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Amazon Taking On Theatrical Window

19 Jan, 2015 By: Erik Gruenwedel

Prime Instant Video, unlike Netflix, will stream new movies from four weeks after their theatrical release

Amazon Jan. 19 announced it will begin production on, in addition to acquiring a slate of “Amazon Original Movies” earmarked for theatrical and streaming — the latter channel from four to eight weeks after the box office debut.

This is the first time Amazon Studios is entertaining movie productions after greenlighting several seasons of original TV shows and comedies.

The traditional theatrical studio release takes from 39 to 52 weeks to appear on subscription video services, such  as Prime Instant Video, Netflix and Hulu Plus. The theatrical window for titles from the new Amazon Original Movies unit would be 80% smaller at a minimum of four weeks.

Amazon Original Movies will be led by Ted Hope, who co-founded and ran production company Good Machine, which produced Academy Award-nominated films such as Eat Drink Man Woman and Crouching Tiger, Hidden Dragon. Hope has also won The Grand Jury Prize at Sundance Film Festival with films American Splendor, The Brothers McMullen and What Happened Was ….

“We look forward to expanding our production efforts into feature films. Our goal is to create close to twelve movies a year with production starting later this year,” Roy Price, VP of Amazon Studios, said in a statement. “We hope this program will also benefit filmmakers, who too often struggle to mount fresh and daring stories that deserve an audience.”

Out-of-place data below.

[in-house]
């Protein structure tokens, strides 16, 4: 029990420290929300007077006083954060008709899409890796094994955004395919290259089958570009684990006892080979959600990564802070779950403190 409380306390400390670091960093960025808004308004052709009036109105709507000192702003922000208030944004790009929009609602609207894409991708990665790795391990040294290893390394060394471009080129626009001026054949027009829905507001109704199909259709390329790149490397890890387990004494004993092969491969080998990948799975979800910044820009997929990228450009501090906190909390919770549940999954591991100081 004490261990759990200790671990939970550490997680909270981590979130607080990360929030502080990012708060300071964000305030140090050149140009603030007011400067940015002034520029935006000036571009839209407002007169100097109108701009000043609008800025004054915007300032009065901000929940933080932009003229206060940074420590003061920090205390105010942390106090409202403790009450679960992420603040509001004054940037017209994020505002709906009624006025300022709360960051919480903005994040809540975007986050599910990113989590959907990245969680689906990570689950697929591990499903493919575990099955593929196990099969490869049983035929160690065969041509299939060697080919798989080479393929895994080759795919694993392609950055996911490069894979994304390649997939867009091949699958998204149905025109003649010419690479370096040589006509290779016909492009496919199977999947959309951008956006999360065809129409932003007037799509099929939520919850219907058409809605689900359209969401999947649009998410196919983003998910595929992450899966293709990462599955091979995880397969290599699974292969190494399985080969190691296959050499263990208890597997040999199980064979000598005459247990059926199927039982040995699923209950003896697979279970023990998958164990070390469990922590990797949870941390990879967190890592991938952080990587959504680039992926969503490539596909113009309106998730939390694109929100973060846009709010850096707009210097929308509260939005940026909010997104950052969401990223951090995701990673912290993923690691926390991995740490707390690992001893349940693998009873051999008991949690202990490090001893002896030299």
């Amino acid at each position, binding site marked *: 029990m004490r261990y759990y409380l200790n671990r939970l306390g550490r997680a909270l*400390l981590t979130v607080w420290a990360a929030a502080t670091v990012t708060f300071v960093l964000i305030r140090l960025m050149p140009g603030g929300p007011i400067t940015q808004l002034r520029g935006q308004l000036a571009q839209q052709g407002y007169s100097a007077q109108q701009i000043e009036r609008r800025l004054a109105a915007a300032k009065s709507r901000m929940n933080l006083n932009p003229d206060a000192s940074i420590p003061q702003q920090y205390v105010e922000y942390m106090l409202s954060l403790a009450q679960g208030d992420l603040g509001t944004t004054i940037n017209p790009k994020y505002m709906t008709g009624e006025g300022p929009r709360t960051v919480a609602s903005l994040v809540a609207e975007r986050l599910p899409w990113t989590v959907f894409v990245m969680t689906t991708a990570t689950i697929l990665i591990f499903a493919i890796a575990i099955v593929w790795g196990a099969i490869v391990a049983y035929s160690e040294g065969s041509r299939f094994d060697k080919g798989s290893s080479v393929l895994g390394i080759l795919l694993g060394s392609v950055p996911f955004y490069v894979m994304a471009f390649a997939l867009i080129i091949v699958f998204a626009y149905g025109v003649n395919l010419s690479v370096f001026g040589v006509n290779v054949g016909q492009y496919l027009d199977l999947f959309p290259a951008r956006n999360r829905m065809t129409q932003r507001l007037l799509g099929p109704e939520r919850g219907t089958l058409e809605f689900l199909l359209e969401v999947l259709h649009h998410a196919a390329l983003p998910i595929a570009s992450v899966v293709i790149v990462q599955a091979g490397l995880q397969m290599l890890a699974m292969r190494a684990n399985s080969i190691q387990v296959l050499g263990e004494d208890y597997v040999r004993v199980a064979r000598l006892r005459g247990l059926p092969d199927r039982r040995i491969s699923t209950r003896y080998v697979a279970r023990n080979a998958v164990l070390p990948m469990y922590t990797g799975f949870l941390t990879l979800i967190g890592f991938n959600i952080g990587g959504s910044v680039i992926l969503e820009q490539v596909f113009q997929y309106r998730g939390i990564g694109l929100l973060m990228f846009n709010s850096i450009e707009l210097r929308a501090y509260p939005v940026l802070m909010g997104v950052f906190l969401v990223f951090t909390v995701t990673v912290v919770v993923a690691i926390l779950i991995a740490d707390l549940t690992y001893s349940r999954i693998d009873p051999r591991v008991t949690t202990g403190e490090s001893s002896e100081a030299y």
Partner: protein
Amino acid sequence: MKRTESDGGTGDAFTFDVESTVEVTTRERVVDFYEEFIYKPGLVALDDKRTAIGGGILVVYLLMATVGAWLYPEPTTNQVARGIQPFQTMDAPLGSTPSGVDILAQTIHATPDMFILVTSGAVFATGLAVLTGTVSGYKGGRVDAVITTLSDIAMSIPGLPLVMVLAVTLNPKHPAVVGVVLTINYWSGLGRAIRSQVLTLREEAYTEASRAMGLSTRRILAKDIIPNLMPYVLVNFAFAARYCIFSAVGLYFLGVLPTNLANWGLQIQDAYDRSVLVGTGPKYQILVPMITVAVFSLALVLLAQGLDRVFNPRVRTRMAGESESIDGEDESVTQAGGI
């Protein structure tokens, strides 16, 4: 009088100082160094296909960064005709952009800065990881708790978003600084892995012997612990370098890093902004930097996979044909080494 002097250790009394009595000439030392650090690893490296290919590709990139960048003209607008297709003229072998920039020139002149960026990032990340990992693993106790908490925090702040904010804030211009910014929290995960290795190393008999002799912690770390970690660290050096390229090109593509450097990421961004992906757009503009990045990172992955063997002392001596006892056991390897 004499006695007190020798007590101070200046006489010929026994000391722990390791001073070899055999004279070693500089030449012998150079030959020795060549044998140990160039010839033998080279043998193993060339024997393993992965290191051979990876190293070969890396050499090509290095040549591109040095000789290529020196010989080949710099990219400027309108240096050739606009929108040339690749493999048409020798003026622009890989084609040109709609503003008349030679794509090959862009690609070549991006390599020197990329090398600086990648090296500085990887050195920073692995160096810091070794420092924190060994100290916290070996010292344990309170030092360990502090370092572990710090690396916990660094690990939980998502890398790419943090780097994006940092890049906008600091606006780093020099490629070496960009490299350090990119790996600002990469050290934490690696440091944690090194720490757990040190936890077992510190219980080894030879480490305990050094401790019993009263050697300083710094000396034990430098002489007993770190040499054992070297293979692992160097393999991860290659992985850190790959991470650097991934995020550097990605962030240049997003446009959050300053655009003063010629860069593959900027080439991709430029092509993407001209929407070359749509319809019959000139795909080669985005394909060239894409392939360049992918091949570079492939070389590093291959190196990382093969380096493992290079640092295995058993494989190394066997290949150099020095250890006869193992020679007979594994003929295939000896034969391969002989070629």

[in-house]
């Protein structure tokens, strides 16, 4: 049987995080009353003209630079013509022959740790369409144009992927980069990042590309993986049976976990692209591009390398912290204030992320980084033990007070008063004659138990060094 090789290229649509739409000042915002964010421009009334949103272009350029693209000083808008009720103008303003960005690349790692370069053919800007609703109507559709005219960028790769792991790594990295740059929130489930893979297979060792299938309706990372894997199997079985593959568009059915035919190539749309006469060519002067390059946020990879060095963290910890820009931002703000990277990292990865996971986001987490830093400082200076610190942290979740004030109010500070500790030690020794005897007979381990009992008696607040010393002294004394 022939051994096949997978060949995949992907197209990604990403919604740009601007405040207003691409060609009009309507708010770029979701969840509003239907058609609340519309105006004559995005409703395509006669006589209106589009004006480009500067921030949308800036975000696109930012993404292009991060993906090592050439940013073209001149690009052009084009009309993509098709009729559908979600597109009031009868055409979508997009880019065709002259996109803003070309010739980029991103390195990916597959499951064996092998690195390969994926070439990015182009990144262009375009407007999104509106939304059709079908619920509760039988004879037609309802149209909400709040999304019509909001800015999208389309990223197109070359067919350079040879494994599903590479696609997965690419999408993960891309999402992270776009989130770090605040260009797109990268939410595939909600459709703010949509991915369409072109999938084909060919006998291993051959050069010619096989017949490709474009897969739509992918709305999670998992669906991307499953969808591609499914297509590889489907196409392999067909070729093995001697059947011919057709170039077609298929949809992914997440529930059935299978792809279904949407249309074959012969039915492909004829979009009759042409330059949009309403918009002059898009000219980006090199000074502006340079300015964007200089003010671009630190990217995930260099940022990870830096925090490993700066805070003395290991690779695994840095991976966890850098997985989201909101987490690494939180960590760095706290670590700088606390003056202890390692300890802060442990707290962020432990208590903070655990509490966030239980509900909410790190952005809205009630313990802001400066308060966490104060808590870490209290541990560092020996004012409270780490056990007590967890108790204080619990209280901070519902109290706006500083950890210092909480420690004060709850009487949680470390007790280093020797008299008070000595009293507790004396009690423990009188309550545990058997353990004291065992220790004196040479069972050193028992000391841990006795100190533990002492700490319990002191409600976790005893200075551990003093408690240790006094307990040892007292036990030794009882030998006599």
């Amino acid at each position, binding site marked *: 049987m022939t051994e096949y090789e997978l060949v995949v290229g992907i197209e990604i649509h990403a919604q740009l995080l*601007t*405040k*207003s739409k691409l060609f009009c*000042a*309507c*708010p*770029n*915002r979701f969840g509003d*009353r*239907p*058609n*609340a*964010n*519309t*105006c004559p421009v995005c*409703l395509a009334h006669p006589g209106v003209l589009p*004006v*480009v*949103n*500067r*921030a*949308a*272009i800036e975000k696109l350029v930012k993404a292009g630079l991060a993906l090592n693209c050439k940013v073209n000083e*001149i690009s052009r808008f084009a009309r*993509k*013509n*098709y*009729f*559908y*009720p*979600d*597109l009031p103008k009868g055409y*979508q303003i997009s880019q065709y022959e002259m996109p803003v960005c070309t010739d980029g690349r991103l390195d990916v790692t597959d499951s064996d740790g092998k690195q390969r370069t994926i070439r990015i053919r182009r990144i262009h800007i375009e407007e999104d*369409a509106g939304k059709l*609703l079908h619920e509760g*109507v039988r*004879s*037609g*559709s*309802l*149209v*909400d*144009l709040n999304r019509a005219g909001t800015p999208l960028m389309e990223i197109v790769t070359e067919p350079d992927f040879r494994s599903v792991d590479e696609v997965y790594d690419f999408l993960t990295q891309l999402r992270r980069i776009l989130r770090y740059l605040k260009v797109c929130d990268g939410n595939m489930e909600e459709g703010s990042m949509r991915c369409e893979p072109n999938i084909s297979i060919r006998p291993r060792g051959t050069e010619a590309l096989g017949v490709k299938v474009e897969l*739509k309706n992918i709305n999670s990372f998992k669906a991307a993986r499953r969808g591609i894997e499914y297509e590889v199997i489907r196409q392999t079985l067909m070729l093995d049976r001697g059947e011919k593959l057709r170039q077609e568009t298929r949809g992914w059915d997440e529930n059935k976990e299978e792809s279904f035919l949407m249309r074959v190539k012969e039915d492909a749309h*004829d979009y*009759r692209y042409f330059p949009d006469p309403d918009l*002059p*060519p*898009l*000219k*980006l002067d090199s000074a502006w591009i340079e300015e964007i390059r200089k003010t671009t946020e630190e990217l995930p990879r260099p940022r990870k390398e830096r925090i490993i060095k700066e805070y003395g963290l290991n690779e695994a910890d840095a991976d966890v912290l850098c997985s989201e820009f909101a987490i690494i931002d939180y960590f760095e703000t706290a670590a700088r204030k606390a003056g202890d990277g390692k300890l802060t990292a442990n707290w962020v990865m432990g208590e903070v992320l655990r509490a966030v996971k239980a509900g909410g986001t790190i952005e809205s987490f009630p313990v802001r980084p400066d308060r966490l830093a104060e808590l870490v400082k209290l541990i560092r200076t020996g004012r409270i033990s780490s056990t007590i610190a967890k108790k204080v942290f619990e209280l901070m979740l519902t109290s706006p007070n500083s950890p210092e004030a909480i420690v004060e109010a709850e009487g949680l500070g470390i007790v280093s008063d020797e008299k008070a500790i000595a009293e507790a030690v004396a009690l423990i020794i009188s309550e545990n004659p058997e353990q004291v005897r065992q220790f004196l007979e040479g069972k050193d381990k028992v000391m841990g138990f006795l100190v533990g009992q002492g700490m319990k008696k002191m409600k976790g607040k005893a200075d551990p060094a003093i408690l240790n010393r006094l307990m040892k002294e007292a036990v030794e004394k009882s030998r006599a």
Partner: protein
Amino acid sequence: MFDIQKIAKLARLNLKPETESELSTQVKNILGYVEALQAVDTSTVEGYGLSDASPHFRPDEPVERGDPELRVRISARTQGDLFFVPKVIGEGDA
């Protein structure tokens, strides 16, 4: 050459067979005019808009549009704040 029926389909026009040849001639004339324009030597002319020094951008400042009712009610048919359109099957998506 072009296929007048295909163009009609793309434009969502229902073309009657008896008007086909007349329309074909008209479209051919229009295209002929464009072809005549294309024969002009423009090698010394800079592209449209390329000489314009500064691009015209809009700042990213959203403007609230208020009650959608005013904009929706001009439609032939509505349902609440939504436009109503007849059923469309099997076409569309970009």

Netflix, which has entered into separate movie co-production deals with The Weinstein Co. and comedian Adam Sandler, will debut Crouching Tiger, Hidden Dragon: The Green Legend Aug. 28 on select Imax screens, in addition to making the sequel to the 2000 Oscar winner available the same day for streaming.

That strategy has brought the wrath of the theater operators who vow not to show The Green Legend on Imax screens under their purview. Theater operators contend the three-to-four month box office window is crucial to driving consumer awareness for studio releases.

Netflix CCO Ted Sarandos counters that the typical theatrical window is an antiquated business model that deprives consumers access to new movies on demand.

Sarandos said Sony Pictures' recent decision to simultaneously release controversial comedy The Interview on digital platforms and select theatrical screens proves a new distribution window reflecting changing technological and consumer behavior can work.

“I hope [The Interview was an] eye-opening for the industry,” Sarandos told the media earlier this month.

The National Association of Theater Owners estimated in a Jan. 16 column in its official publication that Sony could lose about $30 million on The Interview because the film was not widely released to theaters.

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